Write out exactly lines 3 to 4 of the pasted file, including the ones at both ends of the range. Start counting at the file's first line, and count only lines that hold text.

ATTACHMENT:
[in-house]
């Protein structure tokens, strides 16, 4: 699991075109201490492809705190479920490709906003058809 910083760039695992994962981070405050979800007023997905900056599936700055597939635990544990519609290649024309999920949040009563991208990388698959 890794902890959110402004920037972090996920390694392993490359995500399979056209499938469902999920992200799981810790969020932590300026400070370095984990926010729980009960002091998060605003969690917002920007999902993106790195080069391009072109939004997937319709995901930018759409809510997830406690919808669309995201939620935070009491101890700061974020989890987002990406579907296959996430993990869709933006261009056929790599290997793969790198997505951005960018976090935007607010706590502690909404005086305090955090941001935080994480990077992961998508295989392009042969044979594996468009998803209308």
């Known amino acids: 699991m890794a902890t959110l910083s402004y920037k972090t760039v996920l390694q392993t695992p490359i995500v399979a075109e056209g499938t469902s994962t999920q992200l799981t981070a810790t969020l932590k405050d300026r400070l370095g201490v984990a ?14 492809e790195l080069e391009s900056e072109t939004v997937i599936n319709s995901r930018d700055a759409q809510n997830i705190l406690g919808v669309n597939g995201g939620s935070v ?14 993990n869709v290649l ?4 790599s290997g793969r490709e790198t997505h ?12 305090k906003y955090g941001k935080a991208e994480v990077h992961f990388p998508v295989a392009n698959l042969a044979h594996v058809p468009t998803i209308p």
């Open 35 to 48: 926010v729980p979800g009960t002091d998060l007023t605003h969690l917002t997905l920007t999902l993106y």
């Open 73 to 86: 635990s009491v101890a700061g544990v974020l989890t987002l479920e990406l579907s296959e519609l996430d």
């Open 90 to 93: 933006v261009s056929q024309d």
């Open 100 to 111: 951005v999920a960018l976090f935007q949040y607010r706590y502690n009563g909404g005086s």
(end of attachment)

């Known amino acids: 699991m890794a902890t959110l910083s402004y920037k972090t760039v996920l390694q392993t695992p490359i995500v399979a075109e056209g499938t469902s994962t999920q992200l799981t981070a810790t969020l932590k405050d300026r400070l370095g201490v984990a ?14 492809e790195l080069e391009s900056e072109t939004v997937i599936n319709s995901r930018d700055a759409q809510n997830i705190l406690g919808v669309n597939g995201g939620s935070v ?14 993990n869709v290649l ?4 790599s290997g793969r490709e790198t997505h ?12 305090k906003y955090g941001k935080a991208e994480v990077h992961f990388p998508v295989a392009n698959l042969a044979h594996v058809p468009t998803i209308p």
């Open 35 to 48: 926010v729980p979800g009960t002091d998060l007023t605003h969690l917002t997905l920007t999902l993106y």